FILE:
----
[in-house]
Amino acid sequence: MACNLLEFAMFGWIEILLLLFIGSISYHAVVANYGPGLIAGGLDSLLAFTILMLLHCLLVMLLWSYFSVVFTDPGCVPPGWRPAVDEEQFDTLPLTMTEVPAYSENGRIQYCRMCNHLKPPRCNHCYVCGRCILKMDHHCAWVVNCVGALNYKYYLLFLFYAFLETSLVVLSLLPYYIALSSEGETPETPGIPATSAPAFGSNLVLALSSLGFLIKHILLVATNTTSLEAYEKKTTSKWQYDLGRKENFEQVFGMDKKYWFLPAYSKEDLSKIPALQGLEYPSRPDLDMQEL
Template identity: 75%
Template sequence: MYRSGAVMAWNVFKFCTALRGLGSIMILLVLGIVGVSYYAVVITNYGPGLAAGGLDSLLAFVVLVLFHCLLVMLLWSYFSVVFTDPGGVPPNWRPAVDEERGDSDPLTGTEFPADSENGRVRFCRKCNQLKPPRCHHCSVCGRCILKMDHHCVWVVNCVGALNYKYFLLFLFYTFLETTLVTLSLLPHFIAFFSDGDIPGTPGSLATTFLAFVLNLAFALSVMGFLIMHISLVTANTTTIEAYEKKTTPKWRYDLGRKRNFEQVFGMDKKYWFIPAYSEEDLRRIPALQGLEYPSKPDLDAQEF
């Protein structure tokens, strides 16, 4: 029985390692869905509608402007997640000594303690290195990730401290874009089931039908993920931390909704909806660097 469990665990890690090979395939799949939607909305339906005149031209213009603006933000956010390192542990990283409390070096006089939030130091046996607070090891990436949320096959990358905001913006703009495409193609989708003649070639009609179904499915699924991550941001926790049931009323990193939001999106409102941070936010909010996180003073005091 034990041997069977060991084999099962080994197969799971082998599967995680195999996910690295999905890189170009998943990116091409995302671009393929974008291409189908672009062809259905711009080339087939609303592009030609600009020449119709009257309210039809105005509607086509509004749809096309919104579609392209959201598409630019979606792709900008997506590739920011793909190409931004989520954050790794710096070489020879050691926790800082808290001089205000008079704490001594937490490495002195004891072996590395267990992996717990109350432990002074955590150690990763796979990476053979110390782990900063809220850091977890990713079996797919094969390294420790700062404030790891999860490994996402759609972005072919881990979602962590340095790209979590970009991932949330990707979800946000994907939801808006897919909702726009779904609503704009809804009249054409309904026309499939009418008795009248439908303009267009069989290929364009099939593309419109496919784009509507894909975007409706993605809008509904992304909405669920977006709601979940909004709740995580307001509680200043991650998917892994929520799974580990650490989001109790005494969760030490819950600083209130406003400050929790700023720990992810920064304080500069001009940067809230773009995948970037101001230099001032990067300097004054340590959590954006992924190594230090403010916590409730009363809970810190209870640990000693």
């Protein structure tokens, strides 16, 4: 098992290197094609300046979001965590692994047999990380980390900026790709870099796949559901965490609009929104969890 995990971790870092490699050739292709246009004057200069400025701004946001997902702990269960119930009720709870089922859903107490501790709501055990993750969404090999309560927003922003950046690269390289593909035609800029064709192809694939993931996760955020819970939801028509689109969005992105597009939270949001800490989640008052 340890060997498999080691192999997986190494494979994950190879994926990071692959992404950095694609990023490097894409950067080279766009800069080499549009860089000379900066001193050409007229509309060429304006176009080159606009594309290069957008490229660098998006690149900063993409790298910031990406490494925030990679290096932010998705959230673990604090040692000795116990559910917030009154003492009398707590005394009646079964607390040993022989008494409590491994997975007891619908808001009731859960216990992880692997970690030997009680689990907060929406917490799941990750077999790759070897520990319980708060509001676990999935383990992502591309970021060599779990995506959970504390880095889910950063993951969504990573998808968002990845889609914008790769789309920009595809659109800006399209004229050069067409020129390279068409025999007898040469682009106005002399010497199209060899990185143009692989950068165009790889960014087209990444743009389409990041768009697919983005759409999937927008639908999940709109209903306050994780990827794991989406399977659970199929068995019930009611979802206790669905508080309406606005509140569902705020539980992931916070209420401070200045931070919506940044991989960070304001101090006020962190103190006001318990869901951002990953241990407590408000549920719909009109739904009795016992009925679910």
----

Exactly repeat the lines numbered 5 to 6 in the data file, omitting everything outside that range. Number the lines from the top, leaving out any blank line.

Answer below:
């Protein structure tokens, strides 16, 4: 029985390692869905509608402007997640000594303690290195990730401290874009089931039908993920931390909704909806660097 469990665990890690090979395939799949939607909305339906005149031209213009603006933000956010390192542990990283409390070096006089939030130091046996607070090891990436949320096959990358905001913006703009495409193609989708003649070639009609179904499915699924991550941001926790049931009323990193939001999106409102941070936010909010996180003073005091 034990041997069977060991084999099962080994197969799971082998599967995680195999996910690295999905890189170009998943990116091409995302671009393929974008291409189908672009062809259905711009080339087939609303592009030609600009020449119709009257309210039809105005509607086509509004749809096309919104579609392209959201598409630019979606792709900008997506590739920011793909190409931004989520954050790794710096070489020879050691926790800082808290001089205000008079704490001594937490490495002195004891072996590395267990992996717990109350432990002074955590150690990763796979990476053979110390782990900063809220850091977890990713079996797919094969390294420790700062404030790891999860490994996402759609972005072919881990979602962590340095790209979590970009991932949330990707979800946000994907939801808006897919909702726009779904609503704009809804009249054409309904026309499939009418008795009248439908303009267009069989290929364009099939593309419109496919784009509507894909975007409706993605809008509904992304909405669920977006709601979940909004709740995580307001509680200043991650998917892994929520799974580990650490989001109790005494969760030490819950600083209130406003400050929790700023720990992810920064304080500069001009940067809230773009995948970037101001230099001032990067300097004054340590959590954006992924190594230090403010916590409730009363809970810190209870640990000693």
């Protein structure tokens, strides 16, 4: 098992290197094609300046979001965590692994047999990380980390900026790709870099796949559901965490609009929104969890 995990971790870092490699050739292709246009004057200069400025701004946001997902702990269960119930009720709870089922859903107490501790709501055990993750969404090999309560927003922003950046690269390289593909035609800029064709192809694939993931996760955020819970939801028509689109969005992105597009939270949001800490989640008052 340890060997498999080691192999997986190494494979994950190879994926990071692959992404950095694609990023490097894409950067080279766009800069080499549009860089000379900066001193050409007229509309060429304006176009080159606009594309290069957008490229660098998006690149900063993409790298910031990406490494925030990679290096932010998705959230673990604090040692000795116990559910917030009154003492009398707590005394009646079964607390040993022989008494409590491994997975007891619908808001009731859960216990992880692997970690030997009680689990907060929406917490799941990750077999790759070897520990319980708060509001676990999935383990992502591309970021060599779990995506959970504390880095889910950063993951969504990573998808968002990845889609914008790769789309920009595809659109800006399209004229050069067409020129390279068409025999007898040469682009106005002399010497199209060899990185143009692989950068165009790889960014087209990444743009389409990041768009697919983005759409999937927008639908999940709109209903306050994780990827794991989406399977659970199929068995019930009611979802206790669905508080309406606005509140569902705020539980992931916070209420401070200045931070919506940044991989960070304001101090006020962190103190006001318990869901951002990953241990407590408000549920719909009109739904009795016992009925679910």